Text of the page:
Make no mistake, it’s a super-quick bike but anything but terrifying, and a quick brush of the radial Brembo stoppers quickly brings the pace down to legal speeds should you spot the boys in blue in those small mirrors.
The lightweight chassis handles with everything I throw at it, from painfully bumpy unclassified roads taken at speed to humpbacked bridges that launch the Daytona into the unknown. Again, like the engine, the suspension is there to be used and conveys perfectly to the rider what’s happening.
The feel is excellent, the ride is plush, bordering on soft when pushed hard, but that might be down to my weight and aggressive riding. The rear sits down more than expected when exiting slow corners hard on the power, and the manually adjustable suspension will need a tweak to reduce the laden sag a little before a trackday.
Generally, the set-up is forgiving and extremely stable for a short-wheelbase bike that allows you to ride with such certainty on unseen roads. The Daytona is accurate and easy to steer, lets you attack corners with confidence, and gives immense grip from its sticky Pirelli rubber. It flicks between turns with simplicity, lets you carve up the lanes like an expert, and rolls over its 180 section rear effortlessly. The chassis flatters the rider, it’s that simple.
The Stylema Brembo stoppers are powerful, it only takes one or two fingers on the span and ratio-adjustable lever to bring the dangerous-riding competition to a close. The ABS is a little intrusive when you brake hard over imperfections. The lack of cornering ABS was never an issue, in fact, I spent most of the ride with the traction control deactivated to make the most of the Dayton’s other trick – wheelies – which it does with blasé ease.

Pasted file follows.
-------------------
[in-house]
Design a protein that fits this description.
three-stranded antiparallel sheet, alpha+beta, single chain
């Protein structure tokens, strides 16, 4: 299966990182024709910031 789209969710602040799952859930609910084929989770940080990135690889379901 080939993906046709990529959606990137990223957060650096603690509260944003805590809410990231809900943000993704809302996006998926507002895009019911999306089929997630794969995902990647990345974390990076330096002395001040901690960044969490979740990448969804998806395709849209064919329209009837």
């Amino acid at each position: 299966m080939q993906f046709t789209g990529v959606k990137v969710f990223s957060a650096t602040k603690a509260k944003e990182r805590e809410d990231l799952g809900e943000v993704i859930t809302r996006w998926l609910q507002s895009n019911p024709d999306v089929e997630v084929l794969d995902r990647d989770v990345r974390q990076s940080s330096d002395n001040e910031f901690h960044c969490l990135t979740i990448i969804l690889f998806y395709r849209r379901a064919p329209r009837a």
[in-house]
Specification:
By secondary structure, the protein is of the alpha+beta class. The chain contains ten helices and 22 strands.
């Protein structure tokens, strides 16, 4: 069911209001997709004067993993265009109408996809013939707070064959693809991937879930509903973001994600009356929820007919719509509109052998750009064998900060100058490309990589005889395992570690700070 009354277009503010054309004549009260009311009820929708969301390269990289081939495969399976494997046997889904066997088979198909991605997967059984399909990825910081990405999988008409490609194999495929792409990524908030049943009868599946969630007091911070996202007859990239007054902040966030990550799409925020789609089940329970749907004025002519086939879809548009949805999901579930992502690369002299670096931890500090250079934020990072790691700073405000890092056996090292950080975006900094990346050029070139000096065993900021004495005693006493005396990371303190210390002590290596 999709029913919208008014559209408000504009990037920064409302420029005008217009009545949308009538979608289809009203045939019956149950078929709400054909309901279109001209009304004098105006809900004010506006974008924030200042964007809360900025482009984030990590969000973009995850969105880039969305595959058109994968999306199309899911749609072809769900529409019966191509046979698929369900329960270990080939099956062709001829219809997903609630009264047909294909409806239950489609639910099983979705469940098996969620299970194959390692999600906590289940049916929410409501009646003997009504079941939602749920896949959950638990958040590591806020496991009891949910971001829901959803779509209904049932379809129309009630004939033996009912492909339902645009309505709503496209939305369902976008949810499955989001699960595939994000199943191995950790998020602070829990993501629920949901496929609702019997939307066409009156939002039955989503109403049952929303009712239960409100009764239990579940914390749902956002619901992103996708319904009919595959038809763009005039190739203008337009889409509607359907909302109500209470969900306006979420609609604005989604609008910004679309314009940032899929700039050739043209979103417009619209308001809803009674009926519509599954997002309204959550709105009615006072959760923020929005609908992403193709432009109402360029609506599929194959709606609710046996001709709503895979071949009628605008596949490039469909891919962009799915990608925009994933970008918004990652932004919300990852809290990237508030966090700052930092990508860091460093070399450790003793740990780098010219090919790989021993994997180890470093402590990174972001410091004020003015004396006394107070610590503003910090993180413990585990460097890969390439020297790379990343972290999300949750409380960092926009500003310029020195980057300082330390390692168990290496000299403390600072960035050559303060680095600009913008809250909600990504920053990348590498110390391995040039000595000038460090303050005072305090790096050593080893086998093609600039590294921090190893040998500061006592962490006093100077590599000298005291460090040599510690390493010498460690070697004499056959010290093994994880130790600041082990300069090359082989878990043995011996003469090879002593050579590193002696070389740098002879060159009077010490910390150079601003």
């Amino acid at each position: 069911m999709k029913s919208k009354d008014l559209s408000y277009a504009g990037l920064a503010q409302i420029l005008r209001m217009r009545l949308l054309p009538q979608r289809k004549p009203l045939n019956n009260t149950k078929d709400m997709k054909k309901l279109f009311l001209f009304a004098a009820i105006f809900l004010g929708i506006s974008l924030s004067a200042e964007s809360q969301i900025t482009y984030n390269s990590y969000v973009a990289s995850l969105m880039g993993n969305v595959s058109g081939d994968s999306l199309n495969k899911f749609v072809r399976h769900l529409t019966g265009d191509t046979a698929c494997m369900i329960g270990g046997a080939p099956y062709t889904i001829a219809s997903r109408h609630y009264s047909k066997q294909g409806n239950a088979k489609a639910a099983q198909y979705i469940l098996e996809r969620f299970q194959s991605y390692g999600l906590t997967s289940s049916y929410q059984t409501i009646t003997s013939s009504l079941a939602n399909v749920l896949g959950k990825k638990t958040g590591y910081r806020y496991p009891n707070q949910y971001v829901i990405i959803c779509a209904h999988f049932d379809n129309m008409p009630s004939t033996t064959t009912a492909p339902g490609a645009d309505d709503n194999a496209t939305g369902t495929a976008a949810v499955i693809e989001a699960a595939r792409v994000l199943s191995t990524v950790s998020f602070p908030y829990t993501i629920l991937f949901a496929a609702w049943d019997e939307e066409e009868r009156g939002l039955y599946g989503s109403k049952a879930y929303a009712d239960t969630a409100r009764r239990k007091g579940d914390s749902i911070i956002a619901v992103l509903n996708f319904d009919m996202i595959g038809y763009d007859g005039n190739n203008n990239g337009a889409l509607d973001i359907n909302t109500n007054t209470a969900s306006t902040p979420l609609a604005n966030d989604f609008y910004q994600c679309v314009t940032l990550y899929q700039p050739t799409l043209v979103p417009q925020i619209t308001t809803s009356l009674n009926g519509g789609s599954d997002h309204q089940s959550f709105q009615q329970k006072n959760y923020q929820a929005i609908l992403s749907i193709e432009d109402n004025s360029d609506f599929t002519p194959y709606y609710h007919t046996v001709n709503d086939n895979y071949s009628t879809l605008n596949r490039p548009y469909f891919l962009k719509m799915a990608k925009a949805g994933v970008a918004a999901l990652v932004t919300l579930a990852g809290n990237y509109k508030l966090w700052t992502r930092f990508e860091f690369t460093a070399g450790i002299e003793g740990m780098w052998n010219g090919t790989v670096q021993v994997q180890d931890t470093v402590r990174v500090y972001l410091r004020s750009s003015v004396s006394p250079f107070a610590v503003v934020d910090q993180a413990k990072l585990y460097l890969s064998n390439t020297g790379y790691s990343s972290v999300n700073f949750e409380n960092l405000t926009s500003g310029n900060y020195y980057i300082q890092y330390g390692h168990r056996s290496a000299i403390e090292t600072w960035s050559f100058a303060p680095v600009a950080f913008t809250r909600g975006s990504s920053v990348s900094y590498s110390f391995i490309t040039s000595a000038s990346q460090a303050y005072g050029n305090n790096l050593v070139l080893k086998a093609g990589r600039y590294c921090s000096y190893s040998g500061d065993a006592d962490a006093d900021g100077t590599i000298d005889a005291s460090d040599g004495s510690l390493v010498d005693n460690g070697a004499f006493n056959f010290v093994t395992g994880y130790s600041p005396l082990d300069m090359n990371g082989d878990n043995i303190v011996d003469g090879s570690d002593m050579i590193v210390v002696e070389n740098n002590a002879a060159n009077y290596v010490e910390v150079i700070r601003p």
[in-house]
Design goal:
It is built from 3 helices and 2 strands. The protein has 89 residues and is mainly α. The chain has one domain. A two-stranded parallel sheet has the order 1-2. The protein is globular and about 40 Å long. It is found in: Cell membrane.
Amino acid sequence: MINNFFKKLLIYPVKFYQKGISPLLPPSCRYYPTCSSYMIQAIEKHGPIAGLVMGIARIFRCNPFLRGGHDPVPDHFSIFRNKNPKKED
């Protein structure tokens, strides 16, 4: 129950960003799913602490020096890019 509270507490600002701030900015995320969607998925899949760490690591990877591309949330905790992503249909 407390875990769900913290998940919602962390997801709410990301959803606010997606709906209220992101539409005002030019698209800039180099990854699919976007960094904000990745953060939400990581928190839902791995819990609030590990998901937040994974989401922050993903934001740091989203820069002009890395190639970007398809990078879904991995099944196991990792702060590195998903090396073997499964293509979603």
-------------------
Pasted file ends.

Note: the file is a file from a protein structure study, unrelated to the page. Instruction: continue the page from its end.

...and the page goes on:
The old 675 Daytona loved a long and precise wheelie and, now with more torque, the new Daytona is more willing to loft the front wheel in the first few gears than ever.
Our test was conducted in the perfect weather and dry, warm roads. In fact, it was almost too hot at times, which is why the traction control was deactivated for most of the ride. With a manageable 130 PS, perfect fuelling and feel from the sticky 180 rear Pirelli, I’d argue whether TC is even needed. However, in the colder, darker months I’ll certainly flick into rain mode, which reduces the power and adds more TC.
The Daytona isn’t going to be for everyone, and as a supersport fan I might be a tad influenced. Yes, it is on the small side, while around town it will become a pain to live with. The mirrors aren’t the best, the switchgear is like jumping into a Ferrari and finding it has Fiat switchgear. There’s no room for a pillion, and we’ve not even mentioned the price.